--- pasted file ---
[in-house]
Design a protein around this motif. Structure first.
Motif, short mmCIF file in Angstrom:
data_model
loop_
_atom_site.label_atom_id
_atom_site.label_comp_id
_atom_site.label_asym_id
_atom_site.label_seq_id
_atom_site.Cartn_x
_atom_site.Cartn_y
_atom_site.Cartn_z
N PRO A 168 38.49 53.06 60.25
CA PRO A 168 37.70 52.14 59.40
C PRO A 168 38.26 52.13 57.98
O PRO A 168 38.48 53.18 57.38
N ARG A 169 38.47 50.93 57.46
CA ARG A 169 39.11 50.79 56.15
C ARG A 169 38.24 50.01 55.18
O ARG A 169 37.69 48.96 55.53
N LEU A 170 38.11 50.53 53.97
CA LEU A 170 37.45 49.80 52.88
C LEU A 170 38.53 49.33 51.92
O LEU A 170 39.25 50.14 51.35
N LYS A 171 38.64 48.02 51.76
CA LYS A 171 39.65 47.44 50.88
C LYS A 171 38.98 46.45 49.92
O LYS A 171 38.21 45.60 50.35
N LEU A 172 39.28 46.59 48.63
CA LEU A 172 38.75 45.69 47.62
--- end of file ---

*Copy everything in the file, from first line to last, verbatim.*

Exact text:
[in-house]
Design a protein around this motif. Structure first.
Motif, short mmCIF file in Angstrom:
data_model
loop_
_atom_site.label_atom_id
_atom_site.label_comp_id
_atom_site.label_asym_id
_atom_site.label_seq_id
_atom_site.Cartn_x
_atom_site.Cartn_y
_atom_site.Cartn_z
N PRO A 168 38.49 53.06 60.25
CA PRO A 168 37.70 52.14 59.40
C PRO A 168 38.26 52.13 57.98
O PRO A 168 38.48 53.18 57.38
N ARG A 169 38.47 50.93 57.46
CA ARG A 169 39.11 50.79 56.15
C ARG A 169 38.24 50.01 55.18
O ARG A 169 37.69 48.96 55.53
N LEU A 170 38.11 50.53 53.97
CA LEU A 170 37.45 49.80 52.88
C LEU A 170 38.53 49.33 51.92
O LEU A 170 39.25 50.14 51.35
N LYS A 171 38.64 48.02 51.76
CA LYS A 171 39.65 47.44 50.88
C LYS A 171 38.98 46.45 49.92
O LYS A 171 38.21 45.60 50.35
N LEU A 172 39.28 46.59 48.63
CA LEU A 172 38.75 45.69 47.62